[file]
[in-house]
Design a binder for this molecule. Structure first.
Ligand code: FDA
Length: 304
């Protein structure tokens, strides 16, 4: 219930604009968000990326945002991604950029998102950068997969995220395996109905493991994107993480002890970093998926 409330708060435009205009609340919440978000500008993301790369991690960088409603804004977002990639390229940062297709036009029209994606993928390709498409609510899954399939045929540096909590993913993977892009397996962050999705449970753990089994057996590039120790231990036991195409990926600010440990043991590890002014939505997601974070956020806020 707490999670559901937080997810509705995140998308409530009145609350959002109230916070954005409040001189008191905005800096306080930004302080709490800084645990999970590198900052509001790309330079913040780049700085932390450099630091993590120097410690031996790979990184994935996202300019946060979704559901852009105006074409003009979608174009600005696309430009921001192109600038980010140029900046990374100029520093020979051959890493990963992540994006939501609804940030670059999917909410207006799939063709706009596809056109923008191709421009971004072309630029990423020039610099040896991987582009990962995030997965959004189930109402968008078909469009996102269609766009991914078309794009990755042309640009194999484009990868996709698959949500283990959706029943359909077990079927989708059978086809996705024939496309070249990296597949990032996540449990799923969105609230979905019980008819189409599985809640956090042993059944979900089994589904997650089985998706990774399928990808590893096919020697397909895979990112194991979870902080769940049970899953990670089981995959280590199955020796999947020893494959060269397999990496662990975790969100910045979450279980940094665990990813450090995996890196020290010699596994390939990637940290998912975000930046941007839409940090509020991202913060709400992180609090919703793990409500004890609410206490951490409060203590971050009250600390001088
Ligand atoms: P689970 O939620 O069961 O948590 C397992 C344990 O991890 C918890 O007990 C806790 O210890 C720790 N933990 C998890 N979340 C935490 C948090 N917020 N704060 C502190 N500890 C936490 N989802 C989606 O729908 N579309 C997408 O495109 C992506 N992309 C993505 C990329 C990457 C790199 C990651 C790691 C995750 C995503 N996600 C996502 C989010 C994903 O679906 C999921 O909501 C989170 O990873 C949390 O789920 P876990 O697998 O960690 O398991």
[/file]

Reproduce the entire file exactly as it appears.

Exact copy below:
[in-house]
Design a binder for this molecule. Structure first.
Ligand code: FDA
Length: 304
């Protein structure tokens, strides 16, 4: 219930604009968000990326945002991604950029998102950068997969995220395996109905493991994107993480002890970093998926 409330708060435009205009609340919440978000500008993301790369991690960088409603804004977002990639390229940062297709036009029209994606993928390709498409609510899954399939045929540096909590993913993977892009397996962050999705449970753990089994057996590039120790231990036991195409990926600010440990043991590890002014939505997601974070956020806020 707490999670559901937080997810509705995140998308409530009145609350959002109230916070954005409040001189008191905005800096306080930004302080709490800084645990999970590198900052509001790309330079913040780049700085932390450099630091993590120097410690031996790979990184994935996202300019946060979704559901852009105006074409003009979608174009600005696309430009921001192109600038980010140029900046990374100029520093020979051959890493990963992540994006939501609804940030670059999917909410207006799939063709706009596809056109923008191709421009971004072309630029990423020039610099040896991987582009990962995030997965959004189930109402968008078909469009996102269609766009991914078309794009990755042309640009194999484009990868996709698959949500283990959706029943359909077990079927989708059978086809996705024939496309070249990296597949990032996540449990799923969105609230979905019980008819189409599985809640956090042993059944979900089994589904997650089985998706990774399928990808590893096919020697397909895979990112194991979870902080769940049970899953990670089981995959280590199955020796999947020893494959060269397999990496662990975790969100910045979450279980940094665990990813450090995996890196020290010699596994390939990637940290998912975000930046941007839409940090509020991202913060709400992180609090919703793990409500004890609410206490951490409060203590971050009250600390001088
Ligand atoms: P689970 O939620 O069961 O948590 C397992 C344990 O991890 C918890 O007990 C806790 O210890 C720790 N933990 C998890 N979340 C935490 C948090 N917020 N704060 C502190 N500890 C936490 N989802 C989606 O729908 N579309 C997408 O495109 C992506 N992309 C993505 C990329 C990457 C790199 C990651 C790691 C995750 C995503 N996600 C996502 C989010 C994903 O679906 C999921 O909501 C989170 O990873 C949390 O789920 P876990 O697998 O960690 O398991």